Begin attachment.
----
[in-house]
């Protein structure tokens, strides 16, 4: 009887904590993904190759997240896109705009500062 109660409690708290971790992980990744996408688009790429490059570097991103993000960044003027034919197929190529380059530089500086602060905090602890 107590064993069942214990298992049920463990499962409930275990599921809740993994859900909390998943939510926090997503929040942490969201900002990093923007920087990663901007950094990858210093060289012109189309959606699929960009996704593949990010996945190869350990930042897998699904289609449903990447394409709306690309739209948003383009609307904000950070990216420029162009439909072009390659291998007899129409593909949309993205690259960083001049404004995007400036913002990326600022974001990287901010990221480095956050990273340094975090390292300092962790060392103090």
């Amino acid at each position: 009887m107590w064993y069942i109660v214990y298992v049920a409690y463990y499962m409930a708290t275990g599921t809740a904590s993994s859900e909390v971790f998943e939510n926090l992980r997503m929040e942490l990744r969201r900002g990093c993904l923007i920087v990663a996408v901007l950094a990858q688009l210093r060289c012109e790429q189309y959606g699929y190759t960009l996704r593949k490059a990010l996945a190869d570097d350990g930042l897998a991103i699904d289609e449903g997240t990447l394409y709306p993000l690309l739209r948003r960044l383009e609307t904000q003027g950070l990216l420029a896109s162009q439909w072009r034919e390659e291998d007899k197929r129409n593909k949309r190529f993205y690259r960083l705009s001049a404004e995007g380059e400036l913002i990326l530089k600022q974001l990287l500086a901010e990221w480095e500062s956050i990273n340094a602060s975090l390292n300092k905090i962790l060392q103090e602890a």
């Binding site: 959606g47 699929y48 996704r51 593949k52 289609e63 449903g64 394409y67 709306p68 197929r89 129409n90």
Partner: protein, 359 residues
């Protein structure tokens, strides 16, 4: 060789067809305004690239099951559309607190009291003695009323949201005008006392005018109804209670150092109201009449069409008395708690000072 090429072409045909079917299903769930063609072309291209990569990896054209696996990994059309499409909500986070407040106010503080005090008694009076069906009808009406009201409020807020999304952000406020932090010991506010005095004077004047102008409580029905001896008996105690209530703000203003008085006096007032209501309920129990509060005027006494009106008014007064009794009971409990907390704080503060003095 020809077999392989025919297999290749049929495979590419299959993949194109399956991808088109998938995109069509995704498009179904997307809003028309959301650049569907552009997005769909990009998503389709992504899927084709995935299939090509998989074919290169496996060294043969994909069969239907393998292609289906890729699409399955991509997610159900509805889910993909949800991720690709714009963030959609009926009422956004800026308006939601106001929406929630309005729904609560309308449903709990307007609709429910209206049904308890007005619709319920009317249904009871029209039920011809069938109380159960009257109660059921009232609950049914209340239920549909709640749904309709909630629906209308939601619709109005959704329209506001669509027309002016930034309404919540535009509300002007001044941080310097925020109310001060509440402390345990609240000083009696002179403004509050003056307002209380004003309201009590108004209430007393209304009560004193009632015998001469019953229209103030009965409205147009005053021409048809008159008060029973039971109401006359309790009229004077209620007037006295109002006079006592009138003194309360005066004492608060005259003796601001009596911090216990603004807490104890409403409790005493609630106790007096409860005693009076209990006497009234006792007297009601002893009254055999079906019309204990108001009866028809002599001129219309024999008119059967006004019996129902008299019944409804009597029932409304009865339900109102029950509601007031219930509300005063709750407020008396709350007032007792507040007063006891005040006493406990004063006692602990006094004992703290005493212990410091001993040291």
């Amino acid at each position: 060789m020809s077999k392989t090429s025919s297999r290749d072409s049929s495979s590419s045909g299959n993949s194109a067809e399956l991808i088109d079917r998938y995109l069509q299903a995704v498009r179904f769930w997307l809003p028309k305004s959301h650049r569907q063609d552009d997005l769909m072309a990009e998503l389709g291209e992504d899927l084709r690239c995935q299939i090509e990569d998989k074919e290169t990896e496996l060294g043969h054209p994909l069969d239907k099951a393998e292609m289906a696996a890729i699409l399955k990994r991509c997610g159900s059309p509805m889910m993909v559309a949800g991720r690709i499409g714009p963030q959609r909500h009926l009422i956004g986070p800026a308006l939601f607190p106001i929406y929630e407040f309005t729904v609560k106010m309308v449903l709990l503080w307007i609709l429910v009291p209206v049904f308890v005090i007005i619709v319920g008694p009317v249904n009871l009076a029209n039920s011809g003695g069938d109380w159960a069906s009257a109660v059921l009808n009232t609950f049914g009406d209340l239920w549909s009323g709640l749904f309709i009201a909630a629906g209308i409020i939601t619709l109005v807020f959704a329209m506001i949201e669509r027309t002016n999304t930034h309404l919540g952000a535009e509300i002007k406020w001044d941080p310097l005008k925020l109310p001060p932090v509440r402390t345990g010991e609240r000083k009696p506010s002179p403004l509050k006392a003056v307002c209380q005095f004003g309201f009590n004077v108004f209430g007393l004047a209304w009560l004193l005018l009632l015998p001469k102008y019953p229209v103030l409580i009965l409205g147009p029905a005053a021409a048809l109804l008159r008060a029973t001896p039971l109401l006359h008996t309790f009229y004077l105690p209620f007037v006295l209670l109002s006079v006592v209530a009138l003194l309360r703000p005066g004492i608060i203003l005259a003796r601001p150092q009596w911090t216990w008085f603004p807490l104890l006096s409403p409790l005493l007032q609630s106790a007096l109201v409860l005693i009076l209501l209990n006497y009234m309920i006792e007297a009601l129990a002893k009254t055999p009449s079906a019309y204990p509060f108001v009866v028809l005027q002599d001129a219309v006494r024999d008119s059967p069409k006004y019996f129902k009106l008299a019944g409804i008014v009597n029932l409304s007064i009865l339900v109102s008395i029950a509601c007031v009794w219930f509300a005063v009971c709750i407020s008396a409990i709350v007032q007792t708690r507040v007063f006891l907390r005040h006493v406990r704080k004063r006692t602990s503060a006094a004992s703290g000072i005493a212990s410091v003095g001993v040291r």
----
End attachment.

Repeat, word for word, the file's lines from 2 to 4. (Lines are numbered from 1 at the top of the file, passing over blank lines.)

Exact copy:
């Protein structure tokens, strides 16, 4: 009887904590993904190759997240896109705009500062 109660409690708290971790992980990744996408688009790429490059570097991103993000960044003027034919197929190529380059530089500086602060905090602890 107590064993069942214990298992049920463990499962409930275990599921809740993994859900909390998943939510926090997503929040942490969201900002990093923007920087990663901007950094990858210093060289012109189309959606699929960009996704593949990010996945190869350990930042897998699904289609449903990447394409709306690309739209948003383009609307904000950070990216420029162009439909072009390659291998007899129409593909949309993205690259960083001049404004995007400036913002990326600022974001990287901010990221480095956050990273340094975090390292300092962790060392103090």
């Amino acid at each position: 009887m107590w064993y069942i109660v214990y298992v049920a409690y463990y499962m409930a708290t275990g599921t809740a904590s993994s859900e909390v971790f998943e939510n926090l992980r997503m929040e942490l990744r969201r900002g990093c993904l923007i920087v990663a996408v901007l950094a990858q688009l210093r060289c012109e790429q189309y959606g699929y190759t960009l996704r593949k490059a990010l996945a190869d570097d350990g930042l897998a991103i699904d289609e449903g997240t990447l394409y709306p993000l690309l739209r948003r960044l383009e609307t904000q003027g950070l990216l420029a896109s162009q439909w072009r034919e390659e291998d007899k197929r129409n593909k949309r190529f993205y690259r960083l705009s001049a404004e995007g380059e400036l913002i990326l530089k600022q974001l990287l500086a901010e990221w480095e500062s956050i990273n340094a602060s975090l390292n300092k905090i962790l060392q103090e602890a």
């Binding site: 959606g47 699929y48 996704r51 593949k52 289609e63 449903g64 394409y67 709306p68 197929r89 129409n90």